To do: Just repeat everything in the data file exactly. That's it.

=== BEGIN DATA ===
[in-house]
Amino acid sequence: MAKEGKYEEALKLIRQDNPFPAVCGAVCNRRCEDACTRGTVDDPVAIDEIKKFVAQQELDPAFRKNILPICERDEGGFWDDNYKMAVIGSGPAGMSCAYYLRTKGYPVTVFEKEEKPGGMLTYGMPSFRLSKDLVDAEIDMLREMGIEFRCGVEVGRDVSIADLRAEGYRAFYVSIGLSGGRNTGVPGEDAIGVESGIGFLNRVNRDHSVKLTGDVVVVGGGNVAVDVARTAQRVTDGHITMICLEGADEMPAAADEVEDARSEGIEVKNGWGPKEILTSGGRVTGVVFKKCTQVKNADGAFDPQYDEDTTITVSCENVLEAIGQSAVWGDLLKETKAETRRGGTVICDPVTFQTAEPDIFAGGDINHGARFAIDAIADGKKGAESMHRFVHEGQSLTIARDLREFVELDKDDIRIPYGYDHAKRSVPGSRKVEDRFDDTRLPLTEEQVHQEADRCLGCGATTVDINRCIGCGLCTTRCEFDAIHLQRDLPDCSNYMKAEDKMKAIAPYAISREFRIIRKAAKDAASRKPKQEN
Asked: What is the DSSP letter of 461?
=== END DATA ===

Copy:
[in-house]
Amino acid sequence: MAKEGKYEEALKLIRQDNPFPAVCGAVCNRRCEDACTRGTVDDPVAIDEIKKFVAQQELDPAFRKNILPICERDEGGFWDDNYKMAVIGSGPAGMSCAYYLRTKGYPVTVFEKEEKPGGMLTYGMPSFRLSKDLVDAEIDMLREMGIEFRCGVEVGRDVSIADLRAEGYRAFYVSIGLSGGRNTGVPGEDAIGVESGIGFLNRVNRDHSVKLTGDVVVVGGGNVAVDVARTAQRVTDGHITMICLEGADEMPAAADEVEDARSEGIEVKNGWGPKEILTSGGRVTGVVFKKCTQVKNADGAFDPQYDEDTTITVSCENVLEAIGQSAVWGDLLKETKAETRRGGTVICDPVTFQTAEPDIFAGGDINHGARFAIDAIADGKKGAESMHRFVHEGQSLTIARDLREFVELDKDDIRIPYGYDHAKRSVPGSRKVEDRFDDTRLPLTEEQVHQEADRCLGCGATTVDINRCIGCGLCTTRCEFDAIHLQRDLPDCSNYMKAEDKMKAIAPYAISREFRIIRKAAKDAASRKPKQEN
Asked: What is the DSSP letter of 461?